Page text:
As law firm marketers contemplate their advertising buys, we should be aware that the audience for newspapers and magazines has moved online. For example, before buying a $12,000 full-page ad in a print publication, it makes sense to see if there is a cheaper online option -- which will reach more people.
The Audit Bureau of Circulations recently conducted a survey of print publications—newspapers, magazines and b-to-b titles—to learn how their mobile initiatives are progressing. Publishers’ growing mobile know-how, increasing confidence in mobile strategies, maturing product offerings and anticipation for future revenue streams is evident in the results.
- Eighty-five percent of survey respondents said they currently have mobile content for smartphones, e-readers or tablet computers, up from 76 percent last year. Newspapers (88%) were most likely to have mobile initiatives in place, followed closely by consumer magazines (83%) and business publications (79%). Publishers cite development and maintenance costs as the primary reason they did not have a mobile presence.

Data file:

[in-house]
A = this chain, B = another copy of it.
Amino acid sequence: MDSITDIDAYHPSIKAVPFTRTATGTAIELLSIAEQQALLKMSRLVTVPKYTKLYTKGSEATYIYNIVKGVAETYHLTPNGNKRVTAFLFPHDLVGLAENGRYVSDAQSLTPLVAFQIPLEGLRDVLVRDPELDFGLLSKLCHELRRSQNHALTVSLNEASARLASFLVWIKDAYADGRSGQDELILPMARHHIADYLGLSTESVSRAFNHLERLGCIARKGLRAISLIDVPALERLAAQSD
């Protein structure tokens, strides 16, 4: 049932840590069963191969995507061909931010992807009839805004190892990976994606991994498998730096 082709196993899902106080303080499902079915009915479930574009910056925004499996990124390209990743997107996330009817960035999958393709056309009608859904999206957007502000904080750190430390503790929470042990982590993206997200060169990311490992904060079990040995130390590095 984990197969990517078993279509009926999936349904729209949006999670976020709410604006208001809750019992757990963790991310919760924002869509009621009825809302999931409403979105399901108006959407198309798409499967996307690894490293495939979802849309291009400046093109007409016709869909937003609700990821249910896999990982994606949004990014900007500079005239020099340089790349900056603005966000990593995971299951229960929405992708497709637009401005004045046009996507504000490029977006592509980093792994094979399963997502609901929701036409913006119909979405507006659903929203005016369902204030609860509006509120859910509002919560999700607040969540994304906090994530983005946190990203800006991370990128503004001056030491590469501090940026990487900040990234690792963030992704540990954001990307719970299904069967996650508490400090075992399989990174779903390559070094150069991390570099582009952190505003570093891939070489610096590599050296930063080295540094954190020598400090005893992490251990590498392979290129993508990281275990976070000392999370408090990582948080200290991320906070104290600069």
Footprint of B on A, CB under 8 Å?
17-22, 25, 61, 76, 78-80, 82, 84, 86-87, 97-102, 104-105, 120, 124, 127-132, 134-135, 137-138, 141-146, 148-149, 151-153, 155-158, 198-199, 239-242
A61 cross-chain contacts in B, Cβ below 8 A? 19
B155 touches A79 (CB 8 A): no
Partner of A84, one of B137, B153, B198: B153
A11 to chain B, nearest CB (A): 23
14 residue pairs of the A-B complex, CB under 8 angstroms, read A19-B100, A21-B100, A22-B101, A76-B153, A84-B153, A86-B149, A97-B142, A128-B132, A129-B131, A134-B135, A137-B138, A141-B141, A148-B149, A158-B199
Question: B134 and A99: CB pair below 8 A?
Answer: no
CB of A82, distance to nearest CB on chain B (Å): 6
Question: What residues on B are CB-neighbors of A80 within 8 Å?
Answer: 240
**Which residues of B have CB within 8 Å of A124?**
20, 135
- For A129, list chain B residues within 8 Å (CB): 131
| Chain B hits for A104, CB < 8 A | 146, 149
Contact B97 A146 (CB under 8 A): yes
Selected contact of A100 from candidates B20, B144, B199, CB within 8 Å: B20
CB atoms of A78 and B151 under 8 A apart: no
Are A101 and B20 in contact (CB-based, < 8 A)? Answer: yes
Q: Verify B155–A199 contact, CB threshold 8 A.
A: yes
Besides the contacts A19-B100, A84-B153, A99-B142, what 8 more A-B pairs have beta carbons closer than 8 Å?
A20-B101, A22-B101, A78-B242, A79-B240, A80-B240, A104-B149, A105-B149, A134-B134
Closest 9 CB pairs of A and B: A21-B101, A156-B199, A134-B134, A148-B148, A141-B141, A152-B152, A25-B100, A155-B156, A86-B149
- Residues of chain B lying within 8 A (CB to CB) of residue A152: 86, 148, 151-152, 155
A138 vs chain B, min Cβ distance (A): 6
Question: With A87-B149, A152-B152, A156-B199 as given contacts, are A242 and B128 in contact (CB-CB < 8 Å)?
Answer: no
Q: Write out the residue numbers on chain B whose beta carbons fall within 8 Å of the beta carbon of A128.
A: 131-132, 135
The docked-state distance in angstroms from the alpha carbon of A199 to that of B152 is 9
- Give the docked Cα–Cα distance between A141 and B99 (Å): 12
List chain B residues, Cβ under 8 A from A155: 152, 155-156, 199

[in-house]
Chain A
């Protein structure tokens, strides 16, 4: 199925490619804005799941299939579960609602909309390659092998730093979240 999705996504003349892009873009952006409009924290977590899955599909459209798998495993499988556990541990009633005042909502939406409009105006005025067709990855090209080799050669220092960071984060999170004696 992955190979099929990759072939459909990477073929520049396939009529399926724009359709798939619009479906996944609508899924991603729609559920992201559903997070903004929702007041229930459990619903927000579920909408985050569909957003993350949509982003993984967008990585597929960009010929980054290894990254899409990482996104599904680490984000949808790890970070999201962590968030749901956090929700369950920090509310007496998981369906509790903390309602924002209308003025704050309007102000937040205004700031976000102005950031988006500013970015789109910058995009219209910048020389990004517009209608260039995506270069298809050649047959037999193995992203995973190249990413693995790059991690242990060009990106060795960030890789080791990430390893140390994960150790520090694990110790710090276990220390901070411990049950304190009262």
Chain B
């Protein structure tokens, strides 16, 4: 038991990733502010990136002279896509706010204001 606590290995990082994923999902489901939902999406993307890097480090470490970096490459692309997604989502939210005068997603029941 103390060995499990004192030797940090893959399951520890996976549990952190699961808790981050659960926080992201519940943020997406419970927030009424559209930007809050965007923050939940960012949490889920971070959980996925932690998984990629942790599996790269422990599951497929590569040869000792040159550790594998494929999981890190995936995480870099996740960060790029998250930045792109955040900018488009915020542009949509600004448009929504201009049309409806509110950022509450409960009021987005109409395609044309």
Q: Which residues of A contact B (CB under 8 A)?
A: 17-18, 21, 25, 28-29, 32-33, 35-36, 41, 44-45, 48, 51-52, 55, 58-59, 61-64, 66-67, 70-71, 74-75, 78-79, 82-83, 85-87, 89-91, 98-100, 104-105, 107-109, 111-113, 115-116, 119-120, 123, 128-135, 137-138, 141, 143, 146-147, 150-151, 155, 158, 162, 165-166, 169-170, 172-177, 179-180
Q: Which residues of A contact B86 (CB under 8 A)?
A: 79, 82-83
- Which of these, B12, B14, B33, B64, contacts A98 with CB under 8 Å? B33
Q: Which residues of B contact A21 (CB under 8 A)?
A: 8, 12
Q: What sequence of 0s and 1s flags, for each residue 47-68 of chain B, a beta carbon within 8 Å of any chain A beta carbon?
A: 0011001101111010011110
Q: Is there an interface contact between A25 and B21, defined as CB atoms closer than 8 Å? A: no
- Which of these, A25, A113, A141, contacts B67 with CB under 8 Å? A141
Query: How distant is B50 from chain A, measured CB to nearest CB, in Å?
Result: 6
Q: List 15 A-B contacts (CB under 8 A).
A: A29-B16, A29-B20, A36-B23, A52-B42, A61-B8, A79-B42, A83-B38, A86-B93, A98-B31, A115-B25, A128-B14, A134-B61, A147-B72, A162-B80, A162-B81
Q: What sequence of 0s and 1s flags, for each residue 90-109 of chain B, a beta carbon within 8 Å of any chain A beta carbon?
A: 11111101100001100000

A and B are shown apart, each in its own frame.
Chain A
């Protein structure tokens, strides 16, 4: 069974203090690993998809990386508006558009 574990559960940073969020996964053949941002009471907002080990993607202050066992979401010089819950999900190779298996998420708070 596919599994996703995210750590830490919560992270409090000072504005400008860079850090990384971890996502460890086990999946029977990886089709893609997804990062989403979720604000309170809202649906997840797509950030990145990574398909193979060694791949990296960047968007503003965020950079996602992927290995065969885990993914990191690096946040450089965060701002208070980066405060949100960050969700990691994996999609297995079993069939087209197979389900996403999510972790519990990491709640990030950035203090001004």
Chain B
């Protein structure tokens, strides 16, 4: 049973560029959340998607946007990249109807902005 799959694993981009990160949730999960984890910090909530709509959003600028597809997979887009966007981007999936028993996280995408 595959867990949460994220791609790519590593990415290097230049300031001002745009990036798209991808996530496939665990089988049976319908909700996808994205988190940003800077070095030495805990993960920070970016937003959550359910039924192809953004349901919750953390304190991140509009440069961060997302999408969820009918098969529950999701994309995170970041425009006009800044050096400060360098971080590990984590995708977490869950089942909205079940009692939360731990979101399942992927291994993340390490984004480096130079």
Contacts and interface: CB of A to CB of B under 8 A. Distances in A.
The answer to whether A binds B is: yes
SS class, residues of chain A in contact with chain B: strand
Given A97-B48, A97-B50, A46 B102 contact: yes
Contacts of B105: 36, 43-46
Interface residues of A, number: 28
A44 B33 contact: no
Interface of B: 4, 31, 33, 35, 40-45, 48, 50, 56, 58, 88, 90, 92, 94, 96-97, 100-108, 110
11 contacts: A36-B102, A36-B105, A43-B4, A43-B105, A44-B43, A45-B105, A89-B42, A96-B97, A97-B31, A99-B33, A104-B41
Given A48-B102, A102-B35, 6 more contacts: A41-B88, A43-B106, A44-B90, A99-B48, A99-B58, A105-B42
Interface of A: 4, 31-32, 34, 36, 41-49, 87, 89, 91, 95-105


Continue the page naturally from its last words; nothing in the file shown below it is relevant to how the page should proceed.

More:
- Publishers are gaining confidence in their mobile strategies. Fifty-nine percent of publishers now say their company has a strategy for capitalizing on mobile platforms.
- Many publishers believe that e-readers and tablets will be the biggest boon to their business. Seventy-three percent said readers are most likely to read their content on e-readers or tablets compared to 60 percent who said the same thing about smartphones. In Canada, the gap was even wider. Fifty-seven percent said e-readers and tablets had the brightest future compared to just 34 percent for smartphones.
- Publishers in the U.S. and Canada are investing in optimized mobile websites. Eighty-one percent of U.S. publishers and 65 percent of Canadian publishers said this was an important part of their strategic plan. Respondents said mobile websites often account for up to 15 percent of their overall website impressions.
Marketing takeaway: when you have a case outcome, completed deal or hot legal news story, conduct at Google search to find the newspapers and magazines to offer the story to.